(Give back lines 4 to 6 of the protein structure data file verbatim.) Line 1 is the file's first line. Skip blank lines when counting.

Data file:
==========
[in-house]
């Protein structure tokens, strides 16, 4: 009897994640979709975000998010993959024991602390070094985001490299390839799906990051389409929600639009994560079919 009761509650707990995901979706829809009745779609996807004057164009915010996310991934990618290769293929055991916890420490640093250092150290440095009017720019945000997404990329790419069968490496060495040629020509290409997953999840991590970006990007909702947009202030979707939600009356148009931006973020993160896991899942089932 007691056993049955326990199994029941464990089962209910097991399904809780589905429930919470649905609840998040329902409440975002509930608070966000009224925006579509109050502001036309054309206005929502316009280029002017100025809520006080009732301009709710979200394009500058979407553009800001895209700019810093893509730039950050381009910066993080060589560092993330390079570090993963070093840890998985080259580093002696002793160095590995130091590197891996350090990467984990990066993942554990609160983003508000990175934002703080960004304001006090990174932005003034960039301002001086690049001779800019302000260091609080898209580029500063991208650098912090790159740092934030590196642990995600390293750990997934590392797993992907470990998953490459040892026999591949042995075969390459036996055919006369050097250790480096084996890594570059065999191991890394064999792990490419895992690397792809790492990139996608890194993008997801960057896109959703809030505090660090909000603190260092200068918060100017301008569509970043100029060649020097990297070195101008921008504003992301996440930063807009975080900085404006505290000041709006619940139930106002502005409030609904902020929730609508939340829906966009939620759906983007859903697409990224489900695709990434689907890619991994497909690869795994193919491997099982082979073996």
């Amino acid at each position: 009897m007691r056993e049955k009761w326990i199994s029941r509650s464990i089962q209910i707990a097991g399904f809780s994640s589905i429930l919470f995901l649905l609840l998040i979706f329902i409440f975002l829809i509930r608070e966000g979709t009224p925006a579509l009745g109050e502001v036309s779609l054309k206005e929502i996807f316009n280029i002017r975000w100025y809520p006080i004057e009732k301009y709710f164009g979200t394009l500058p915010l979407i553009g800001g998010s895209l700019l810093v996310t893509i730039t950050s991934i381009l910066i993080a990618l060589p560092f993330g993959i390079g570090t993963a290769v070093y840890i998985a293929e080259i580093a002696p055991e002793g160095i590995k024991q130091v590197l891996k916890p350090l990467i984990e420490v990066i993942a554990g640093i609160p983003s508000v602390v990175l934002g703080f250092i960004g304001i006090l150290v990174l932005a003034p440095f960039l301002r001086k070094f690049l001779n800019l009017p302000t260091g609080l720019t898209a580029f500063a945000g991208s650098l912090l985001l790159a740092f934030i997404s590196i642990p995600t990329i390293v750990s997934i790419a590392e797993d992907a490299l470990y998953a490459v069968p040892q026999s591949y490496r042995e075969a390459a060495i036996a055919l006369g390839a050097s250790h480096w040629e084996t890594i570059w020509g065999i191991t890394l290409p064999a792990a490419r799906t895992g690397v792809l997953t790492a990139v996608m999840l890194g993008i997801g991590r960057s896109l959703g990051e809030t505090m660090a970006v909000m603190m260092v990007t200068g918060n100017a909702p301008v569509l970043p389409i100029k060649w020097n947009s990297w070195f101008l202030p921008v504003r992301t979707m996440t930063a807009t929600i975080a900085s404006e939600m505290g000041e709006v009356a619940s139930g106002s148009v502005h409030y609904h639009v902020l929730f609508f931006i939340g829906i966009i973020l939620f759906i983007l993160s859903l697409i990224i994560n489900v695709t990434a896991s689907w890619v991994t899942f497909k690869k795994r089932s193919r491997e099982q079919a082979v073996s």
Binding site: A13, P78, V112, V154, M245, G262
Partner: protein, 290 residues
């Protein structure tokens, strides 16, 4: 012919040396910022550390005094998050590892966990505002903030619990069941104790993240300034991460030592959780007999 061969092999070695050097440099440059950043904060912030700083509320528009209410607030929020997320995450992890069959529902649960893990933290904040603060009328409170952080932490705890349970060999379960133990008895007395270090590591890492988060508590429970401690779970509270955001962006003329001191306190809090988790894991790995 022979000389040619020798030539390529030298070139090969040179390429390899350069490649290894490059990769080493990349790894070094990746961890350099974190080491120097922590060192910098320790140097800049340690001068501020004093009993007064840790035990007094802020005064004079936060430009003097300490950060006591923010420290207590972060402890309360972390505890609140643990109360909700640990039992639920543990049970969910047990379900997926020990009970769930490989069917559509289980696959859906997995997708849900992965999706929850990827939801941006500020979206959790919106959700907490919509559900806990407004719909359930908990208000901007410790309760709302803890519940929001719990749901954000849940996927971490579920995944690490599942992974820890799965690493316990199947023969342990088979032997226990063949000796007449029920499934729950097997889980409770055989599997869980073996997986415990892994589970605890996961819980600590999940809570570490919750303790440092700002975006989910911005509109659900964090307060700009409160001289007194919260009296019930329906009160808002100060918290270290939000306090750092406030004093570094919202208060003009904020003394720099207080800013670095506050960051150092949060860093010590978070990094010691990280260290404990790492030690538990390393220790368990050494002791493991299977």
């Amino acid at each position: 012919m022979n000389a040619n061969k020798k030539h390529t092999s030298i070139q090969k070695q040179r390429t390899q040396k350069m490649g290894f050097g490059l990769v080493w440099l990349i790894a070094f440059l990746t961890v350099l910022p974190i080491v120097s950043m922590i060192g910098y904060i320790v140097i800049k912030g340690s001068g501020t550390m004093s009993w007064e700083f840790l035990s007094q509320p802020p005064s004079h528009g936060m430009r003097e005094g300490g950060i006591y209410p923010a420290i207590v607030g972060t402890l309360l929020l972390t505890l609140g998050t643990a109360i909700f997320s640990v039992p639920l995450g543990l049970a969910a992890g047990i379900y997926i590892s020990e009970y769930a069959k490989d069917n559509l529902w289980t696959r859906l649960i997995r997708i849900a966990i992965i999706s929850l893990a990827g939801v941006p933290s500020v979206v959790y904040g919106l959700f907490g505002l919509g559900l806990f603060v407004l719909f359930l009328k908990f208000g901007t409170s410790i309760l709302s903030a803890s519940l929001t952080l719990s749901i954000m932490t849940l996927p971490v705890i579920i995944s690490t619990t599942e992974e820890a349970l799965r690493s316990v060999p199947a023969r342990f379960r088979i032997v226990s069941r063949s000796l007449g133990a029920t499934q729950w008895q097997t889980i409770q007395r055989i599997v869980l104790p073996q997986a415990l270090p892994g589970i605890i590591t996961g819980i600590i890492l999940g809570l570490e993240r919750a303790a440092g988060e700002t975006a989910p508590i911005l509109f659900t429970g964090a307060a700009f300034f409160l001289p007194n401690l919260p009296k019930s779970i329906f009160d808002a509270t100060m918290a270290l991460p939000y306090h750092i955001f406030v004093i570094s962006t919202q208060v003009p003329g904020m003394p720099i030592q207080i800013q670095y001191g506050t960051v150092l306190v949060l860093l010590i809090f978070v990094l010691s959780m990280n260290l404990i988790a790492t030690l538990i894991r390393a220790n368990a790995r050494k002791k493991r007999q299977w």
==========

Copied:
Binding site: A13, P78, V112, V154, M245, G262
Partner: protein, 290 residues
């Protein structure tokens, strides 16, 4: 012919040396910022550390005094998050590892966990505002903030619990069941104790993240300034991460030592959780007999 061969092999070695050097440099440059950043904060912030700083509320528009209410607030929020997320995450992890069959529902649960893990933290904040603060009328409170952080932490705890349970060999379960133990008895007395270090590591890492988060508590429970401690779970509270955001962006003329001191306190809090988790894991790995 022979000389040619020798030539390529030298070139090969040179390429390899350069490649290894490059990769080493990349790894070094990746961890350099974190080491120097922590060192910098320790140097800049340690001068501020004093009993007064840790035990007094802020005064004079936060430009003097300490950060006591923010420290207590972060402890309360972390505890609140643990109360909700640990039992639920543990049970969910047990379900997926020990009970769930490989069917559509289980696959859906997995997708849900992965999706929850990827939801941006500020979206959790919106959700907490919509559900806990407004719909359930908990208000901007410790309760709302803890519940929001719990749901954000849940996927971490579920995944690490599942992974820890799965690493316990199947023969342990088979032997226990063949000796007449029920499934729950097997889980409770055989599997869980073996997986415990892994589970605890996961819980600590999940809570570490919750303790440092700002975006989910911005509109659900964090307060700009409160001289007194919260009296019930329906009160808002100060918290270290939000306090750092406030004093570094919202208060003009904020003394720099207080800013670095506050960051150092949060860093010590978070990094010691990280260290404990790492030690538990390393220790368990050494002791493991299977």